Data/Cyber/Cloud Security, Privacy, Website Security, Data Encryption, Malware/Viruses, Open Source Intelligence, Cyber Defence, Data Breaches, Travel Reviews & Photos
Doing as you preach is not solely related to cyber security. Pick any topic and it is barely followed. Politics: speeding and getting your wife to take the points. Talking about morally repugnant investment methods and likely a lot of wealthy politicians having money stashed in the Channel Islands. Religion: following all the rules of the religion and dodging VAT & tax. Appearing religious but drinking and using prostitutes. And many more stories but I don’t want to “side track” to much.

The whole point of cyber security products and services is to secure your clients. From offering off the shelf products, security architecture design or pen testing. Yet behind the scenes are the individuals doing as they preach at home and in the office, and is the business itself actually half secure? Remember the “late” HBGary which was a U.S cyber defence firm and sold products and services to three letter U.S agencies, and the private sector.

Being a well-known defence firm, you would think it’s security would be good. No. It was hit by SQL injection, poor passwords were used, little separation of duties, no two-factor authentication and so on. This was a high-end firm dealing with secretive government agencies yet it’s security sucked. From 2004-2006 I worked at Marks and Spencer and their security even then was great. Imagine what it is like now. M&S’s security is/was likely better than HBGary’s was. Odd really for a British retailer to be more secure than a defence firm.

Over the years I have worked with or at various firms and the security of the firm it self was not great – without saying anymore…! Years ago, I was looking at cyber security competitors and you would find all they had was a free Gmail email address and a mobile number. Hardly credible. Whereas we have a self-hosted email server, patched website, two factor authentication, proper 0207 number and more.

Here are four stories for you to see what I mean:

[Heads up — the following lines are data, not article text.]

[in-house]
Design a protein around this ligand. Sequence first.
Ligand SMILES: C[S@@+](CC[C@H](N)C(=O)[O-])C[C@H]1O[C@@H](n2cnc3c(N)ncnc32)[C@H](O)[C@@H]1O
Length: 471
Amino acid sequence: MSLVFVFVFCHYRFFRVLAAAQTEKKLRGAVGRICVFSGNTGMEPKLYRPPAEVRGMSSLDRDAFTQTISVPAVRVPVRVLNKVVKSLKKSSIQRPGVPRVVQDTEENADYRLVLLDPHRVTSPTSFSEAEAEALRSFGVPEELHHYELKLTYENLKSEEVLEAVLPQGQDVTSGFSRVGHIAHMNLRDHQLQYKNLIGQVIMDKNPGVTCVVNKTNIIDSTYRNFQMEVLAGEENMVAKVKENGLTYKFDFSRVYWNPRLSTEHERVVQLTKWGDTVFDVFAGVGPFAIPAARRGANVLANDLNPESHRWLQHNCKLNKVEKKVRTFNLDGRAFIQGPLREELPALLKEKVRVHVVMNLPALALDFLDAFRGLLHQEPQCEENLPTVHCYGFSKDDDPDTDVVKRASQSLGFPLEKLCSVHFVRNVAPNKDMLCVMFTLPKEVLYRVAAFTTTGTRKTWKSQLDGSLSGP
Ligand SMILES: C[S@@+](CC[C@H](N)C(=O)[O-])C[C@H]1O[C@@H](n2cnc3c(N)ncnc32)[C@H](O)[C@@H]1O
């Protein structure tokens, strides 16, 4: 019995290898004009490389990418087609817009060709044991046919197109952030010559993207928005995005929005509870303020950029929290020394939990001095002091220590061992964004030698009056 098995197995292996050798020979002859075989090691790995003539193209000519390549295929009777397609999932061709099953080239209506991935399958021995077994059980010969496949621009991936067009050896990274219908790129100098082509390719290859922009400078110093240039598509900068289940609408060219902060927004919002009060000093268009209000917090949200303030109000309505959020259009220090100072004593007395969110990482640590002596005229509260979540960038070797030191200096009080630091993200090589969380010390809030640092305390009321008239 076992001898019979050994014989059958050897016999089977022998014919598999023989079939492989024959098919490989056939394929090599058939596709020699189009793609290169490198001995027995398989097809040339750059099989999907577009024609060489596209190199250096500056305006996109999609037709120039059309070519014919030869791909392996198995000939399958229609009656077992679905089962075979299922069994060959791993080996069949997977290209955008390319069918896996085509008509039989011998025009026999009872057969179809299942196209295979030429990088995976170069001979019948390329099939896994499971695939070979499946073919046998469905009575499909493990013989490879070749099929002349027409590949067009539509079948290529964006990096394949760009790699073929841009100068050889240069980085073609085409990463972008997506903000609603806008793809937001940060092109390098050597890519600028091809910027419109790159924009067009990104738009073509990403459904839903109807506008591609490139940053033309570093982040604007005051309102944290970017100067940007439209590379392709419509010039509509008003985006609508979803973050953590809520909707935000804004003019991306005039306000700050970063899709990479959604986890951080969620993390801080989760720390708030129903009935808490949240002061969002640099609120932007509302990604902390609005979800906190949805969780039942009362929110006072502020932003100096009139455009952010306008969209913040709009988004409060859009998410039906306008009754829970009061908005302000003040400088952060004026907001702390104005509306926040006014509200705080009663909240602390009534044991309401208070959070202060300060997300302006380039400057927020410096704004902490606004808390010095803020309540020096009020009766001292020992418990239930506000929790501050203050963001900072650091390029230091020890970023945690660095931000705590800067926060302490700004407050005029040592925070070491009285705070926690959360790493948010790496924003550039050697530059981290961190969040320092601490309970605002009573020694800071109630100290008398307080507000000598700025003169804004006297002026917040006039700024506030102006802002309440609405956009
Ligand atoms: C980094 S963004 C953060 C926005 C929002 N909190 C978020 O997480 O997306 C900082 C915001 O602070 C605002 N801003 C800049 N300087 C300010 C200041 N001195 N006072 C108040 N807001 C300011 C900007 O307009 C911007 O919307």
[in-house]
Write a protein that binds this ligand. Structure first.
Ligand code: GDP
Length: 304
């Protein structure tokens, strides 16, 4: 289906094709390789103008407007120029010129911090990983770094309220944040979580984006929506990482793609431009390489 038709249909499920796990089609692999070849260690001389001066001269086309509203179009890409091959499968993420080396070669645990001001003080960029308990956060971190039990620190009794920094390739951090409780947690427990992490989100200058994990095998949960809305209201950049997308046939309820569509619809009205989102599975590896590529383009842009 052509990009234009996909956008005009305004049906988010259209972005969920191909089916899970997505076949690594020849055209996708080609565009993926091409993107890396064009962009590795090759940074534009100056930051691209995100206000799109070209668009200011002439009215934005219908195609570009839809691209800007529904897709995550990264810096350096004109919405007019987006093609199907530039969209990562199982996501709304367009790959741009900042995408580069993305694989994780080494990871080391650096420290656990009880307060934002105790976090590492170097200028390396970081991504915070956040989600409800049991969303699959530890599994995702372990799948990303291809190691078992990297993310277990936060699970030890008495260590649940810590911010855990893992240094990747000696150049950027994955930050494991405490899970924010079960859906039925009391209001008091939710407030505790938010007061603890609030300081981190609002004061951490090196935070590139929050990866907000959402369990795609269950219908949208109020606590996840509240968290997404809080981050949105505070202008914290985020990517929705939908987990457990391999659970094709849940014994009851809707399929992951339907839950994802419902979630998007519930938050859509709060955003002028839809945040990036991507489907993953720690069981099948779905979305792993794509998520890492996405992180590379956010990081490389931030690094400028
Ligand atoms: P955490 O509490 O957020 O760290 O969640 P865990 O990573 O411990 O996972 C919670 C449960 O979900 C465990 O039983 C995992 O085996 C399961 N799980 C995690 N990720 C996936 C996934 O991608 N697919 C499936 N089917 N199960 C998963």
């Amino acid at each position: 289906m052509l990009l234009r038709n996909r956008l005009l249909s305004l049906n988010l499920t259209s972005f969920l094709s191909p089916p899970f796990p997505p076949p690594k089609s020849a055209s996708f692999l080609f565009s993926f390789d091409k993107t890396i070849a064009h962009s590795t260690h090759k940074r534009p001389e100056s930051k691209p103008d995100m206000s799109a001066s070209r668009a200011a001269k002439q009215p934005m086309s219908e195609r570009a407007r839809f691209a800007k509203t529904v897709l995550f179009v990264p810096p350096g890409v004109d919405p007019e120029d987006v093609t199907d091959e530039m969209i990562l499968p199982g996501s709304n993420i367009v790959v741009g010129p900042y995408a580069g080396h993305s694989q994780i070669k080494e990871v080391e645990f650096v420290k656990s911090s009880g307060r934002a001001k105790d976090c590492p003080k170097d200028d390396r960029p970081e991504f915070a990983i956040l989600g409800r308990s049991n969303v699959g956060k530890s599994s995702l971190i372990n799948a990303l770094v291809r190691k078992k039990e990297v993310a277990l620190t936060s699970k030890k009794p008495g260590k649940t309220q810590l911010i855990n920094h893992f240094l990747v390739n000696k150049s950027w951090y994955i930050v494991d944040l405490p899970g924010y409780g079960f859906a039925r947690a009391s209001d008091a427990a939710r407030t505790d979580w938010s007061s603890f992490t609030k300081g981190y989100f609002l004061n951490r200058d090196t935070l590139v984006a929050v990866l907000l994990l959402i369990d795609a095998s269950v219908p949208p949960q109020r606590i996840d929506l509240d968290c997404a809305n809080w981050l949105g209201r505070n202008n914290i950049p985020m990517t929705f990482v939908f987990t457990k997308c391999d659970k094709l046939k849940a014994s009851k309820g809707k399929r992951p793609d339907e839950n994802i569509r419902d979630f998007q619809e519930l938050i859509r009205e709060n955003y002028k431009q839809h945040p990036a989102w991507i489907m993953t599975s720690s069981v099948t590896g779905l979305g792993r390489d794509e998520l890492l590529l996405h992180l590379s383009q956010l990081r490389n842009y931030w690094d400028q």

Pen testing firm #1
9001, 27001, CREST and CBEST certified firm. Good staff with custom tools and exploits, yet:

  • Three versions of WordPress out of date
  • SSH (22/tcp) open
  • Web server four versions out of date
  • Three email protocols ports open
  • Just IMAP and POP
  • No anti brute force
  • No anti-malware or antispam on their mail server - since “they are using Linux”
  • Just self-encrypting hard drives
  • Sensitive client data stored in a server in their shared office
  • No antimalware on their laptops
Pen testing firm #2
CBEST, 27001, Cyber Essentials, Tiger Scheme, CREST and CHECK certified. Good staff and well-respected firm, yet:

  • Laptops are government certified and only have Bitlocker half configured and standard anti-malware on
  • Pen tester emails from the outside his Gmail account user and password (fairly lame) and AD credential for the FTSE 100 he was contracted to over a standard email to myself and others
“Wizz kid”
Well known in country x for over 15 years, has written books and speaks at various conferences. He preaches about how in-secure (and non-private) Hotmail, Gmail and AOL is, yet:

  • His email address is
  • His website has been defaced a few times
Muti-services cyber security firm
Offers pen testing, social engineering, strategy and training yet:

  • Website is run on mass market shared hosting
  • Joomla is poorly configured
  • Joomla is out of date
  • Sensitive company emails sit on shared hosting platform
  • Webmail link is findable
And I could go on for a very long time…

What does doing as you preach look like?

  1. Encrypting hard drives on desktops or laptops
  2. Ninja firewalling outbound and inbound using a hardware firewall + O/S firewall
  3. Whitelisting software
  4. Alternative and encrypted DNS
  5. Hardware encrypted USBs
  6. Encryption software for files and USBs
  7. Shredding all files never deleting
  8. Overwriting un-used MicroSD’s and USBs
  9. Anti-exploit software and anti-malware
  10. All settings tweaked on a smartphone inc. an anti-malware app
  11. Daily offsite backup
  12. Going through all settings with a fine-tooth comb
  13. Using a VPN, especially for Wi-Fi
  14. Not using Gmail, Hotmail or AOL email addresses
  15. Using a domain name for email not a freebie
  16. Using DuckDuckGo or trying to
  17. Not using virtualisation
  18. Patching websites and web server weekly at least
  19. Not using WhatsApp
  20. Little use of Facebook
  21. Logging as a user not administrator
  22. Shredding all paper even if it barely contains an address
  23. Using 2FA as much as possible
  24. TLS certs everywhere with cipher suites reduced to good ones as well as cert pinning
  25. SPF, DKIM and possibly the newer DMARC for email
  26. Running CCleaner daily
  27. And a lot more which makes the above setup likely more secure than most UK central government departments
I will let you guess who does this!

What am I getting at? If companies can’t be bothered to secure themselves, how good will they be at protecting you (the client) or protecting your data once handed over to them?/!